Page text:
I want to take this time to salute the inimitable Elaine Stritch, who died this past July at the age of 89. Stritch was a Broadway legend and, as is evident in the documentary Elaine Stritch: Shoot Me, one of the brassiest broads to stroll through Manhattan.
Shoot Me follows Stritch through several months near the end of her life, showing her rejection of pants and love for Bay’s English muffins. Stritch was a complicated delight. She drew little distinction between employees and friends, treating both with similar domineering affection. At one point, she parks her limo in the fire zone outside a Starbucks and, when the cops show up, fakes a limp. Filming during her stint on 30 Rock as Jack’s mom, she calls out “Alec ‘Joan Crawford’ Baldwin” when they’re waiting on Baldwin to shoot the scene.
The film honors Stritch and provides a glimpse into her long love affair with the theater and her audiences. As such, it’s a testament to a remarkable performer and an amazing woman who grew older (not old!) with peacock-like aplomb.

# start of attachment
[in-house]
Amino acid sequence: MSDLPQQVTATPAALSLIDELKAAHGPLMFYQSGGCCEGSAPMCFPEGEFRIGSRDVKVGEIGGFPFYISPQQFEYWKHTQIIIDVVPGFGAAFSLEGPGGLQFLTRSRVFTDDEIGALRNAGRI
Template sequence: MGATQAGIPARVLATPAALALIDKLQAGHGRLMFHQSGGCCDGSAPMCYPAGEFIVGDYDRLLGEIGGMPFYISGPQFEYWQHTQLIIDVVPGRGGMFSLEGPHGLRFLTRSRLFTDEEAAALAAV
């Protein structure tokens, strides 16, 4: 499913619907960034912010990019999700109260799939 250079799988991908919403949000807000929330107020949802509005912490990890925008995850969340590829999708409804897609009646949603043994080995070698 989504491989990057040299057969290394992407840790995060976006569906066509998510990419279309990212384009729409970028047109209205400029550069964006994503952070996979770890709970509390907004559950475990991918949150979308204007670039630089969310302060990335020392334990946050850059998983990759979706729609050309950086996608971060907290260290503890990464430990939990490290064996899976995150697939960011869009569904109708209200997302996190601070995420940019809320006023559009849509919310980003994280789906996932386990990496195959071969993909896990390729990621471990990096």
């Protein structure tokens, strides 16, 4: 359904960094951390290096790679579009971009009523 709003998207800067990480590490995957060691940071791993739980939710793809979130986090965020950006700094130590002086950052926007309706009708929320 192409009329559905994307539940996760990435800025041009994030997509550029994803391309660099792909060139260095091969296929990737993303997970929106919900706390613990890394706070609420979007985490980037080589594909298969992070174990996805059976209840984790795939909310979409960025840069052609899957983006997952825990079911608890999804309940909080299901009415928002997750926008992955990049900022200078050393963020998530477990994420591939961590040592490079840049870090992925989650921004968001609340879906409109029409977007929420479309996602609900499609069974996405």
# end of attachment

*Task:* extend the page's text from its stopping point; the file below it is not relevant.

But in addition to being a portrait of an artist, the film highlights something that all of us must go through: the process of dying. Stritch suffered from diabetes, and in the film the disease, combined with old age, interferes with her physical health and her memory. The memory problems make it hard for Stritch to remember lyrics during her one-woman revival show singing Sondheim songs. This failure horrifies a performer who thrives on the stage but also terrifies a woman facing her own death.
Stritch feels that she’s nearing her time and struggles with how to go out with grace. And it is this human struggle, combined with the magnificence that was Stritch herself, that makes Shoot Me such a fascinating film. We all have to die. It’s a terrifying, solitary process. But Stritch inspires me to face the reality with guts. It doesn’t have to be polite or pretty but it does need to be honest.
Elaine Stritch: Shoot Me is streaming on Netflix and is rentable on Amazon Instant.